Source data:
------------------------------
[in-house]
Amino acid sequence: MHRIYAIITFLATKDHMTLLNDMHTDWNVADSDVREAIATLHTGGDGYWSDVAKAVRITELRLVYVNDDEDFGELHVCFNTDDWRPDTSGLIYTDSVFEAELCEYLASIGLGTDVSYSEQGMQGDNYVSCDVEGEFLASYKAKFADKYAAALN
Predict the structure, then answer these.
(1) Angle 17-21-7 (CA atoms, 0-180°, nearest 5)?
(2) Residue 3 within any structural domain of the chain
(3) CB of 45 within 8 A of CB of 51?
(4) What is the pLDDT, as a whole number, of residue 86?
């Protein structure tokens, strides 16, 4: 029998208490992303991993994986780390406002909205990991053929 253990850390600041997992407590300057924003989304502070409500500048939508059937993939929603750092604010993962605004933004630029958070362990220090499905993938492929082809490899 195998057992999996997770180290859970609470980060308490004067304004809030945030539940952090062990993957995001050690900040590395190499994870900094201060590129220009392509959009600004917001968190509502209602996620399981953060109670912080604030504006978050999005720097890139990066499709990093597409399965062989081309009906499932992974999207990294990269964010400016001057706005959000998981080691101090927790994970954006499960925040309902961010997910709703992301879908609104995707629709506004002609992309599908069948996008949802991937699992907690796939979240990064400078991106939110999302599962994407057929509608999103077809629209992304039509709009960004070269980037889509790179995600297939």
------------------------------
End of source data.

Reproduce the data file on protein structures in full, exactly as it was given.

[in-house]
Amino acid sequence: MHRIYAIITFLATKDHMTLLNDMHTDWNVADSDVREAIATLHTGGDGYWSDVAKAVRITELRLVYVNDDEDFGELHVCFNTDDWRPDTSGLIYTDSVFEAELCEYLASIGLGTDVSYSEQGMQGDNYVSCDVEGEFLASYKAKFADKYAAALN
Predict the structure, then answer these.
(1) Angle 17-21-7 (CA atoms, 0-180°, nearest 5)?
(2) Residue 3 within any structural domain of the chain
(3) CB of 45 within 8 A of CB of 51?
(4) What is the pLDDT, as a whole number, of residue 86?
């Protein structure tokens, strides 16, 4: 029998208490992303991993994986780390406002909205990991053929 253990850390600041997992407590300057924003989304502070409500500048939508059937993939929603750092604010993962605004933004630029958070362990220090499905993938492929082809490899 195998057992999996997770180290859970609470980060308490004067304004809030945030539940952090062990993957995001050690900040590395190499994870900094201060590129220009392509959009600004917001968190509502209602996620399981953060109670912080604030504006978050999005720097890139990066499709990093597409399965062989081309009906499932992974999207990294990269964010400016001057706005959000998981080691101090927790994970954006499960925040309902961010997910709703992301879908609104995707629709506004002609992309599908069948996008949802991937699992907690796939979240990064400078991106939110999302599962994407057929509608999103077809629209992304039509709009960004070269980037889509790179995600297939």